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Do Well by Doing Good

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Updated July 22, 2020

Yan Arsenault CFA®, CAIA, Chief Investment Officer

Socially responsible investing allows you to make money while making the world a better place.

Making money feels good, but what if you could help the planet at the same time? The primary motive for investing doesn’t have to be purely financial anymore. In fact, many investors today are using their wallets to make the world a better place.

Interested? Welcome to “socially responsible investing ” (SRI), also known as “ ethical investing ” or “sustainable investing.”

SRI is an investment discipline that incorporates ethical, religious, social and moral values into the investment decision-making process with the goal of producing a positive societal impact.
SRI probably dates back to the 1750s as it has been reported that the Religious Society of Friends (Quakers) prohibited its members from participating in buying and selling humans (slave trade). In the 1990s, socially concerned investors sought to mainly address issues related to addictions. Recently, the focus has shifted to promoting a clean environment and addressing climate change.

The “Old” and the “New” SRI

In the days of “old” SRI, socially concerned investors used “negative screening ” to exclude “sin” companies from their investment universe. What was left to choose from was then analyzed using traditional financial data analysis (sales, margins, market share, profits, etc.) to construct the SRI portfolio. As a result, industries such as tobacco, gambling or liquor were often excluded on moral or ethical grounds alone.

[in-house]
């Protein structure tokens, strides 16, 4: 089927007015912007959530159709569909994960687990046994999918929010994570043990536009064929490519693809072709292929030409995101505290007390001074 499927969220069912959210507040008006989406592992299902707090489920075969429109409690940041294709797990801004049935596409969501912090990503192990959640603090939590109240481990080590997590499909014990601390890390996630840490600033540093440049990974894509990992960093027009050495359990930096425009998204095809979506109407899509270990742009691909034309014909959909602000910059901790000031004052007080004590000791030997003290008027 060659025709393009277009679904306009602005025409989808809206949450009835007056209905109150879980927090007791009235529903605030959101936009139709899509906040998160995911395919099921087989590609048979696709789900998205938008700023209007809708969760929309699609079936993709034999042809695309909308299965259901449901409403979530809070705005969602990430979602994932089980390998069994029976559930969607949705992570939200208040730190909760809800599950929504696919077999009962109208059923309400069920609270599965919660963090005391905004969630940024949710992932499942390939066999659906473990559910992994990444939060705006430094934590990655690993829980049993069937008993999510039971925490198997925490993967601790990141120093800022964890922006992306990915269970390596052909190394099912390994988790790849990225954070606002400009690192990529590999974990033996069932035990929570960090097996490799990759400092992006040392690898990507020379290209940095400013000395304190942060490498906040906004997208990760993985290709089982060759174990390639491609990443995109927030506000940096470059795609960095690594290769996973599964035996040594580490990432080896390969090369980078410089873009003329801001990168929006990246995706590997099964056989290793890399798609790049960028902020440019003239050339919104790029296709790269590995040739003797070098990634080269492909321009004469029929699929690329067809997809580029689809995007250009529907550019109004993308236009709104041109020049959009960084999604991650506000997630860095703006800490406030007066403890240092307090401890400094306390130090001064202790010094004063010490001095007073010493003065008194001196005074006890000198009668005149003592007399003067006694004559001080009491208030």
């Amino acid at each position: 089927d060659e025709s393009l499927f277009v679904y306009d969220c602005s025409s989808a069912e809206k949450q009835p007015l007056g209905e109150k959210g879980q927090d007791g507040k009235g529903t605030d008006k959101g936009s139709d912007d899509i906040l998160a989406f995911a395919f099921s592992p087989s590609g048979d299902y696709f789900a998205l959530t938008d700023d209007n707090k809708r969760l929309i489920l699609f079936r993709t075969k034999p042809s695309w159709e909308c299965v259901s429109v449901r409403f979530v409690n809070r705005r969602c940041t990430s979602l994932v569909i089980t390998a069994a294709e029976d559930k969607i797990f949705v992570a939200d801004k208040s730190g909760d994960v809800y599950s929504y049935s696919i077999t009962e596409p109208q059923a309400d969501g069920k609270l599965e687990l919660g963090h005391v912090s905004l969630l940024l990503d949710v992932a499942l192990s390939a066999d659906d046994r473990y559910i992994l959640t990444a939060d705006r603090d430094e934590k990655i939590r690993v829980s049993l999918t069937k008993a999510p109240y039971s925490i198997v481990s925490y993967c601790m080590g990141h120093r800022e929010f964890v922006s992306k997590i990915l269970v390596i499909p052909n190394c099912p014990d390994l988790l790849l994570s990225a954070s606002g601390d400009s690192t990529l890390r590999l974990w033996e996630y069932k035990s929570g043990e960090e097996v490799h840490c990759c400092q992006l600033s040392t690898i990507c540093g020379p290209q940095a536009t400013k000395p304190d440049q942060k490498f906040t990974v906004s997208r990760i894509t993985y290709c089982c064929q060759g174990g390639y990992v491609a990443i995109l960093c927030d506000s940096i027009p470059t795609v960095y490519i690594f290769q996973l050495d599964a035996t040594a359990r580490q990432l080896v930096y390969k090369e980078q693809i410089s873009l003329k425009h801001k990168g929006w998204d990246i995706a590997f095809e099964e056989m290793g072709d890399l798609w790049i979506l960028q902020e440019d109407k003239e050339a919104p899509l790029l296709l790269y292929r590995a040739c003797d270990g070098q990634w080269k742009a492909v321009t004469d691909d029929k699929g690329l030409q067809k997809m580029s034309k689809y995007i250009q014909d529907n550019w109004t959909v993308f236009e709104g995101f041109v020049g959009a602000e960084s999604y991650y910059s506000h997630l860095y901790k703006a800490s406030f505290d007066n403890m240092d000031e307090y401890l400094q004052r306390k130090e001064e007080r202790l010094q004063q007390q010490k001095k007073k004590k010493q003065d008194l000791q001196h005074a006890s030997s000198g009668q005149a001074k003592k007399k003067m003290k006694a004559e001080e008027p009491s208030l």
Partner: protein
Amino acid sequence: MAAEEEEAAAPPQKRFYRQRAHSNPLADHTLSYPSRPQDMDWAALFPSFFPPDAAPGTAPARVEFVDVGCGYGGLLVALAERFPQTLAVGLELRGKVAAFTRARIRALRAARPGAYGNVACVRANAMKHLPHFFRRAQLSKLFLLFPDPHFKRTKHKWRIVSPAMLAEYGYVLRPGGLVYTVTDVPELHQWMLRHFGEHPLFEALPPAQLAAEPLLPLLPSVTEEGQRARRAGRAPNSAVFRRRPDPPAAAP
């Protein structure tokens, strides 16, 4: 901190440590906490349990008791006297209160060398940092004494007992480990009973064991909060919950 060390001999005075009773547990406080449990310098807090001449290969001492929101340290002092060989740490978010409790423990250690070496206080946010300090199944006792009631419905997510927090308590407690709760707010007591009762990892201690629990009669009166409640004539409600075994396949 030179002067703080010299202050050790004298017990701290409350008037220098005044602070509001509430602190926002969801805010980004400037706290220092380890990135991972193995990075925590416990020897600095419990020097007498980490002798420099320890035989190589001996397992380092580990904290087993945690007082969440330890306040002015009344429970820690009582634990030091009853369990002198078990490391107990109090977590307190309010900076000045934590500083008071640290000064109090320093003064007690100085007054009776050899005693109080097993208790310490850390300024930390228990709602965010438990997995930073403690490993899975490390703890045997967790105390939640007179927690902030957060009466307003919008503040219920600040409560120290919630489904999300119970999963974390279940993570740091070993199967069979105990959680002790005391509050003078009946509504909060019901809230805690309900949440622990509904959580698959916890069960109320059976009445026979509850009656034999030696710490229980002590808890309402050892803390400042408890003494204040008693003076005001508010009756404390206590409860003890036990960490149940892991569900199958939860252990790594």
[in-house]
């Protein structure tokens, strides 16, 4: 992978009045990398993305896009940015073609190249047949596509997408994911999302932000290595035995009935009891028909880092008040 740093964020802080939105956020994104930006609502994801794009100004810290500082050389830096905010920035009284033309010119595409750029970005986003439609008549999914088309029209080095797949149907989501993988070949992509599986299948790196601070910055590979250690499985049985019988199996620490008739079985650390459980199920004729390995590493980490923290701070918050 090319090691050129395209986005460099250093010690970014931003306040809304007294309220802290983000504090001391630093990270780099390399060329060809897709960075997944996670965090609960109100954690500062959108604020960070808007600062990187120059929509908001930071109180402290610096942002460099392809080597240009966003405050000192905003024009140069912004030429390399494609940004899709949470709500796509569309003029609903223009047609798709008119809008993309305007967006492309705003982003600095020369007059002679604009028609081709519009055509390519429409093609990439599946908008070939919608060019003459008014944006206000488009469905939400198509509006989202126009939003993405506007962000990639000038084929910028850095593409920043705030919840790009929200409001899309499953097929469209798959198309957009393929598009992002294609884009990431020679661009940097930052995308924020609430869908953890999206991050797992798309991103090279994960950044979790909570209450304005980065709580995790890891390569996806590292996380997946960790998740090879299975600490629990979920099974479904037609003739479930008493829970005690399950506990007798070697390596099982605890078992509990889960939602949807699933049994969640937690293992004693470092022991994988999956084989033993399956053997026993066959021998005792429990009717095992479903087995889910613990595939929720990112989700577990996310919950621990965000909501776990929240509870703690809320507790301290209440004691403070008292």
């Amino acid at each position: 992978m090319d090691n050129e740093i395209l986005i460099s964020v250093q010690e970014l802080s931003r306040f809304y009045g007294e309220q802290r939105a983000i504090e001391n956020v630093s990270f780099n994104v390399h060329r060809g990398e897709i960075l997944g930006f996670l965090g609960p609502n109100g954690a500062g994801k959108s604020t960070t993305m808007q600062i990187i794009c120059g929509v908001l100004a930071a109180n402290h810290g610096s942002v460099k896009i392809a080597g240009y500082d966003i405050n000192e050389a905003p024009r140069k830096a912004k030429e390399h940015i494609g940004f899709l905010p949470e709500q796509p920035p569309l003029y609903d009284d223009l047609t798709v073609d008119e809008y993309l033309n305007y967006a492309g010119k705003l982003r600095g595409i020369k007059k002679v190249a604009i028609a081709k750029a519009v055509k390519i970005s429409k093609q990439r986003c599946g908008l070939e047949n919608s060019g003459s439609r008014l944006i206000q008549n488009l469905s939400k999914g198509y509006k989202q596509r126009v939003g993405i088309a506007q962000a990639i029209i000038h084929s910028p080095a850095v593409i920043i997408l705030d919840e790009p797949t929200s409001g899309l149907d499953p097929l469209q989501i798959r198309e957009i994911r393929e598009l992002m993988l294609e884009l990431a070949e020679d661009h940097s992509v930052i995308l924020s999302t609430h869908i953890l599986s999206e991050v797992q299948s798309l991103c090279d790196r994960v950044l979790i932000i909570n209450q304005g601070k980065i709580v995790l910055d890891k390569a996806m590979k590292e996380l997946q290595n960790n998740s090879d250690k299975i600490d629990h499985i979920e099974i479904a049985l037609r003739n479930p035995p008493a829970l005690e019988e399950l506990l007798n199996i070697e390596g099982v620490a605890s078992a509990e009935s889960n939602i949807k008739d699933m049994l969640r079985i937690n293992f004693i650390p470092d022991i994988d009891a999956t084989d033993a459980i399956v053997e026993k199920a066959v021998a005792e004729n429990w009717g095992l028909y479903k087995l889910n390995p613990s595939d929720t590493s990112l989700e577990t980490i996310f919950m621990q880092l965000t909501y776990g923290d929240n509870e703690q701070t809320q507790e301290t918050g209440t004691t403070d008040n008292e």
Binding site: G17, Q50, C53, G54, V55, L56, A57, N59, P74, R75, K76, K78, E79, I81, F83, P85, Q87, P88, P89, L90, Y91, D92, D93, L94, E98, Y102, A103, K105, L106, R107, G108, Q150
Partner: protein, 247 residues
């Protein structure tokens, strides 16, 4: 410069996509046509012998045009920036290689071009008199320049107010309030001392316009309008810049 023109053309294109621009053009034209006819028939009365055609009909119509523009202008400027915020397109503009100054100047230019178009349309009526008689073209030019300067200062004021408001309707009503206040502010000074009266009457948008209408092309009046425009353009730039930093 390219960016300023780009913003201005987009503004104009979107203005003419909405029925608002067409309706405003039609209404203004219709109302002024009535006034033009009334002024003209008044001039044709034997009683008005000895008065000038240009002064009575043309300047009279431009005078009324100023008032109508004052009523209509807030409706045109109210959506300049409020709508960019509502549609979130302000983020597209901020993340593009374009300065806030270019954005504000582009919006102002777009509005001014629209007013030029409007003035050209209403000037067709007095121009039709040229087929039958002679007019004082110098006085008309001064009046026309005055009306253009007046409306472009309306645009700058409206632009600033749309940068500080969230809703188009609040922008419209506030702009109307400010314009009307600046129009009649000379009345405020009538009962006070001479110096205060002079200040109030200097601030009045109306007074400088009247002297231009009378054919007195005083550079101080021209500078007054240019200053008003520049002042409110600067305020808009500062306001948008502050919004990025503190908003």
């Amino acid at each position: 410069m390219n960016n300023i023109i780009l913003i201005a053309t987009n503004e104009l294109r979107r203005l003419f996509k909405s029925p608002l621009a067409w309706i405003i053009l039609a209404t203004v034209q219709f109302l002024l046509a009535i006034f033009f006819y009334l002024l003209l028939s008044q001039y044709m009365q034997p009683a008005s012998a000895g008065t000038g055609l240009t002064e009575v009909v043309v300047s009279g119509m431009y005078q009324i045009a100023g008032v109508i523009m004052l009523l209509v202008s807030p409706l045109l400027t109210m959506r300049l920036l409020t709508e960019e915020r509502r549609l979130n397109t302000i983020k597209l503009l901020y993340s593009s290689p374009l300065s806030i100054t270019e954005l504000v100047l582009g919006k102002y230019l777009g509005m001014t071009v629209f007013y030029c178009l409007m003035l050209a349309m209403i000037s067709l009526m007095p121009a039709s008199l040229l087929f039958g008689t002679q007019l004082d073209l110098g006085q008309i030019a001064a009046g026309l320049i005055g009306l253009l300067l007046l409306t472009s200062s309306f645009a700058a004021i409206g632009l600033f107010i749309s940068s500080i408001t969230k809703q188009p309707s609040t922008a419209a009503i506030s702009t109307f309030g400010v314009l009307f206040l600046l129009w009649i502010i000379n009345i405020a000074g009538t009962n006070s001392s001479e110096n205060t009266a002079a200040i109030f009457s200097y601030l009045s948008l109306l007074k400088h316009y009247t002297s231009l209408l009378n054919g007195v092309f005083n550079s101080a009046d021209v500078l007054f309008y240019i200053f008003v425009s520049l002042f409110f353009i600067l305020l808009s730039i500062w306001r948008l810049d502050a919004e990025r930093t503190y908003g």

Today, the use of “negative” screens has diminished and the discipline has evolved. “Positive” screens are now more commonly used (the “new” SRI). Rather than excluding companies and industries right away, socially concerned investors now look at identifying the most responsible companies in their investment universe across all industries based on multiple social, environmental and governance (ESG) factors.

Factors such as energy consumption, carbon emissions, labor practices, human rights, product safety, shareholder rights and corporate oversight are weighted and incorporated into the investment decision-making process in combination with traditional financial data analysis to construct the SRI portfolio.

Wallets Can Make a Difference

In the past, “old” SRI funds have been criticized for not being well diversified and often generating smaller returns than unrestricted investing. But a growing body of research suggests that the integration of ESG factors into the analysis has improved the outcomes and greatly reduced performance drag versus traditional funds and benchmarks.

In short, sustainable investing today doesn’t require a financial trade-off. Money matters, and it can go a long way toward helping to achieve the greater good. If you have an interest in SRI, please contact us for a free consultation.

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Yan Arsenault CFA®, CAIA, Chief Investment Officer